This Friday marks the 94th anniversary of alto saxophonist Charlie Parker's birth. Parker, who was nicknamed Yardbird or Bird for short, invented a new jazz style in 1946 with Dizzy Gillespie and a handful of other artists in New York. The form—which would become known as bebop"—was the first post-war jazz style to rely on personal instrumental expression rather than traditional entertainment values. Improvisation and the invention of new melody lines using the chords of existing songs were key, and bebop practitioners often played at breakneck speeds and with exemplary dexterity and grace, wowing seated club audiences who had paid to listen and marvel rather than dance.
By 1949, Parker's agility, influence and popularity had grown so sizable that producer and record company owner Norman Granz decided to pair him with a string section. The jazz-pop fusion was an attempt to sweeten Parker's attack and leverage his yearning sound to appeal to a larger slice of the market that could afford multiple 78s known then as albums."
In all, Parker recorded on four different dates with strings in a studio setting—the accidental Repetition
session in December 1947 with Neal Hefti, the Charlie Parker with Strings
session in November 1949, the follow-up session with strings in July 1950 and the Autumn in New York
session of January 1952. Parker was so enthralled with strings that he frequently performed in concert with them after 1949, viewing them as both an appropriate frame for his bluesy sound and a high-culture bridge to classical music, which he loved.
One of the most extensive of these live dates was recorded privately at the Rockland Palace Dance Hall on 155th St. and Frederick Douglass Blvd. in Harlem on September 26, 1952. The concert was held to help raise funds to seek amnesty for Benjamin J. Davis, an American Communist party official and former city council member who was serving five years after being convicted in 1949 for advocating the forcible overthrow of the government. A two-year appeal had kept him out of prison, but when the appeal failed and he was incarcerated in Indiana, an amnesty drive was launched. Davis would be released o 1954 after serving three years and four months and was highly regarded in Harlem for his campaign against segregation and discrimination.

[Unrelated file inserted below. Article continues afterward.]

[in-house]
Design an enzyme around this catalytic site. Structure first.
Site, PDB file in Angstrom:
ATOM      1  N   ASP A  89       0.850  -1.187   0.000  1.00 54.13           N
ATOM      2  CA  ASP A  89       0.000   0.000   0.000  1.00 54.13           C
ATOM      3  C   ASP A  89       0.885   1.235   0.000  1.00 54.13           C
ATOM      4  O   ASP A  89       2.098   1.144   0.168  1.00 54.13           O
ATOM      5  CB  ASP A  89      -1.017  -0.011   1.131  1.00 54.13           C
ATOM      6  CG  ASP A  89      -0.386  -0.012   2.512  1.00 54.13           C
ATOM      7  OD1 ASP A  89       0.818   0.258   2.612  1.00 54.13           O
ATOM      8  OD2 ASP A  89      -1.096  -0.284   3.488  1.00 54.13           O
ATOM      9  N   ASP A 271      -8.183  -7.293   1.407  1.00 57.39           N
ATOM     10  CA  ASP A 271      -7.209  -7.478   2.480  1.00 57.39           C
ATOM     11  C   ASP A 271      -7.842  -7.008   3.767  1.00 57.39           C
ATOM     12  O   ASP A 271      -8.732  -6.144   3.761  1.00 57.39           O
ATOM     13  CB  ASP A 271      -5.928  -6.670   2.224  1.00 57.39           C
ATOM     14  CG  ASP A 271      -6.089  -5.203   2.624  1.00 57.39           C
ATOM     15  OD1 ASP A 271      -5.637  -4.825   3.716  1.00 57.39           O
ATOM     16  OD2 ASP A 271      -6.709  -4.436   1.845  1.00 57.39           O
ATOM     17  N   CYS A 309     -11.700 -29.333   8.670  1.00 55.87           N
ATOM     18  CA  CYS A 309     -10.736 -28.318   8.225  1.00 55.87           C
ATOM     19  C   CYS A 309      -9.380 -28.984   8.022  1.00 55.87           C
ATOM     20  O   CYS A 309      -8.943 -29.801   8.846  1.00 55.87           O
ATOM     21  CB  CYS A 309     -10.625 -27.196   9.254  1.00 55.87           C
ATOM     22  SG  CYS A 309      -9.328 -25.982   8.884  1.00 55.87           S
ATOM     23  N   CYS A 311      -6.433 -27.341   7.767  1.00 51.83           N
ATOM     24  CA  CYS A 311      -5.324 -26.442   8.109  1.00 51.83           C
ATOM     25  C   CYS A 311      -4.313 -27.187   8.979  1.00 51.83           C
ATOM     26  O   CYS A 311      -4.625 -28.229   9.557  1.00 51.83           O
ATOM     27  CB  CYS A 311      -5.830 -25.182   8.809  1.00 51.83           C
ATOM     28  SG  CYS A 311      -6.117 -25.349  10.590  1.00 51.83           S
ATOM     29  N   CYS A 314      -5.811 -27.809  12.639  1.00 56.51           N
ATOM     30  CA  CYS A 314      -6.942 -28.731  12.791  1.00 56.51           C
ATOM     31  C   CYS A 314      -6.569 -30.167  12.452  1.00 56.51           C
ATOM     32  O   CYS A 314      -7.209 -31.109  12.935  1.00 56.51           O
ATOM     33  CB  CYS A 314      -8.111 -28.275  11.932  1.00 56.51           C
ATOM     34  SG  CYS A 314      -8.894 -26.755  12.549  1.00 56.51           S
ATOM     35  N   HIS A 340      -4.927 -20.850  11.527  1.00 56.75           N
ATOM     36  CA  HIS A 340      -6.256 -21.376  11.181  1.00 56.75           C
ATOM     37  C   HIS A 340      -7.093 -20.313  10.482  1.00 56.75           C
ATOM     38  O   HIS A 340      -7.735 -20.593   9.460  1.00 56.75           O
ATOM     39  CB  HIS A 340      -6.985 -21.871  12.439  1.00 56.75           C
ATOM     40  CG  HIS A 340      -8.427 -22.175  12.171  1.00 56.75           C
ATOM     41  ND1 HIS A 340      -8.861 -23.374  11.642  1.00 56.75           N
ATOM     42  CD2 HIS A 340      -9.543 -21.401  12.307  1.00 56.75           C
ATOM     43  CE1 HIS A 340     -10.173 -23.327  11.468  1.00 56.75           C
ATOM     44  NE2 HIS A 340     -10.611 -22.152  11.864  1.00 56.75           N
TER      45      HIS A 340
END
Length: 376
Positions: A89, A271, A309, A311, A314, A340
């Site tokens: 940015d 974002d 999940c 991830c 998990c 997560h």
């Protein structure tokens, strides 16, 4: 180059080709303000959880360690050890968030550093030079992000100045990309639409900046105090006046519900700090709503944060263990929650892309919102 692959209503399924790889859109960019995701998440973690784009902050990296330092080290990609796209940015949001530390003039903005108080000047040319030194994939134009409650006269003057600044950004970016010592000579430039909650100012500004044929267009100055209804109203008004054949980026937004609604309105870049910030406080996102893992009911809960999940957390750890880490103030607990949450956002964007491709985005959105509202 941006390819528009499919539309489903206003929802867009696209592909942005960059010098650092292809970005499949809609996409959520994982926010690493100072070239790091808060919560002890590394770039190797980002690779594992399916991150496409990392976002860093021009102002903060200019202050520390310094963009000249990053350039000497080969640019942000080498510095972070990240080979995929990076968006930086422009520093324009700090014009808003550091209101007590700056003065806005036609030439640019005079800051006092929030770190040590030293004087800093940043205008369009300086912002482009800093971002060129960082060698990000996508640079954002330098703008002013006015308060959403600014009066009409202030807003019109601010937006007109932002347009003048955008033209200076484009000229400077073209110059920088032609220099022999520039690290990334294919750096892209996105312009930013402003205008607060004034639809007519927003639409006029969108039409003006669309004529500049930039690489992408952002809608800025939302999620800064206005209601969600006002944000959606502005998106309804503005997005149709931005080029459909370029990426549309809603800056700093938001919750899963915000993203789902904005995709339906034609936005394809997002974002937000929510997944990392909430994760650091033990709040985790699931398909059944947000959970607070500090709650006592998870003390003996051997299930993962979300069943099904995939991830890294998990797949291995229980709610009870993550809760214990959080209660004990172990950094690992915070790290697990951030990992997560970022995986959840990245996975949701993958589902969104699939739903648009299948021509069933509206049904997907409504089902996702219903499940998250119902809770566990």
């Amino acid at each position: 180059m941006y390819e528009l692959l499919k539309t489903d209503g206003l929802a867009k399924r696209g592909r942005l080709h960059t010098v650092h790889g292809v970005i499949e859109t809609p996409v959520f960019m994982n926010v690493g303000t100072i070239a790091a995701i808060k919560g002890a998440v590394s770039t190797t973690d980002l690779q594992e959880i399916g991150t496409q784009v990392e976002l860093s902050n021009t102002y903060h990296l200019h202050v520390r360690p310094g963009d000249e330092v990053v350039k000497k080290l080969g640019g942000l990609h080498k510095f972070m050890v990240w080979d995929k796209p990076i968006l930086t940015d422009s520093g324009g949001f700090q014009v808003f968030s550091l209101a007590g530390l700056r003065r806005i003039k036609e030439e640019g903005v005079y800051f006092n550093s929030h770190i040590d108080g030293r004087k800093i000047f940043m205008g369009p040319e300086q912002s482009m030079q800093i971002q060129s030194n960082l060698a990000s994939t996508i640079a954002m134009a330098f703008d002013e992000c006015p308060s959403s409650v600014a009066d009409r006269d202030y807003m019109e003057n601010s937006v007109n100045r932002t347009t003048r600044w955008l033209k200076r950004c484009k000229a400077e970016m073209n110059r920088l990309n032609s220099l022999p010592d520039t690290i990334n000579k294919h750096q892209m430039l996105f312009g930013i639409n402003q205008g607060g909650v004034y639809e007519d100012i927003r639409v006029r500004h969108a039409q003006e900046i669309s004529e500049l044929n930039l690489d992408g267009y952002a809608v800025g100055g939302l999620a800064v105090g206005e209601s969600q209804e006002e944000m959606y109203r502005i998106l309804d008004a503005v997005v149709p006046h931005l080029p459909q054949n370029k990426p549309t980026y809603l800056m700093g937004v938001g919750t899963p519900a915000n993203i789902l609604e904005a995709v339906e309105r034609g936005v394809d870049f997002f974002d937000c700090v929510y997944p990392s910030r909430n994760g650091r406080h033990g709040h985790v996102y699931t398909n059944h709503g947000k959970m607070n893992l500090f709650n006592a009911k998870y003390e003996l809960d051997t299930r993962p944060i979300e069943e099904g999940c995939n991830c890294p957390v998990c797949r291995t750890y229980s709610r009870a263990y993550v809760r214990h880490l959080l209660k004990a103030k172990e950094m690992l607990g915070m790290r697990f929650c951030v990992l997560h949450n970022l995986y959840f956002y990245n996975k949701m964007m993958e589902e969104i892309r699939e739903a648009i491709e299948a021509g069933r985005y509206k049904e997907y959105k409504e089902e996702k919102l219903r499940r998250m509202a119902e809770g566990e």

What makes this recording special is the length of the concert (31 tracks), with a majority recorded with strings. Some songs appear here with strings for the first time, including Stardust
and Gold Rush
(also known as Gerry Mulligan's Turnstile
For years, collectors knew only of the poor-quality audience" wire recording made by someone in one of the seats, possibly Parker's wife Chan. But in the 1990s, a new tape of the concert was discovered that had more remarkable sound, though solos by other musicians had either not been taped or were spliced out. Jazz Classics, the label, brought the two together. [Above, Charlie Parker at Birdland in 1951, by Marcel Fleiss]
If you dig Bird with strings and have long wished there was more to enjoy, you'll find plenty in the Rockland concert recording—further evidence of Parker's powerful love affair with the Great American Songbook and examples of him elevating his own songs and Gerry Mulligan's Turnstile
to the same lofty level. You'll also Bird doing what he did best—recording the songs you know with different intros and approaches. A fascinating study.
JazzWax tracks: There are several CDs bearing this concert material. Unfortunately, they all cost a fortune (see here and here). However, I did find a download of many of the tracks from the concert in two parts here and here.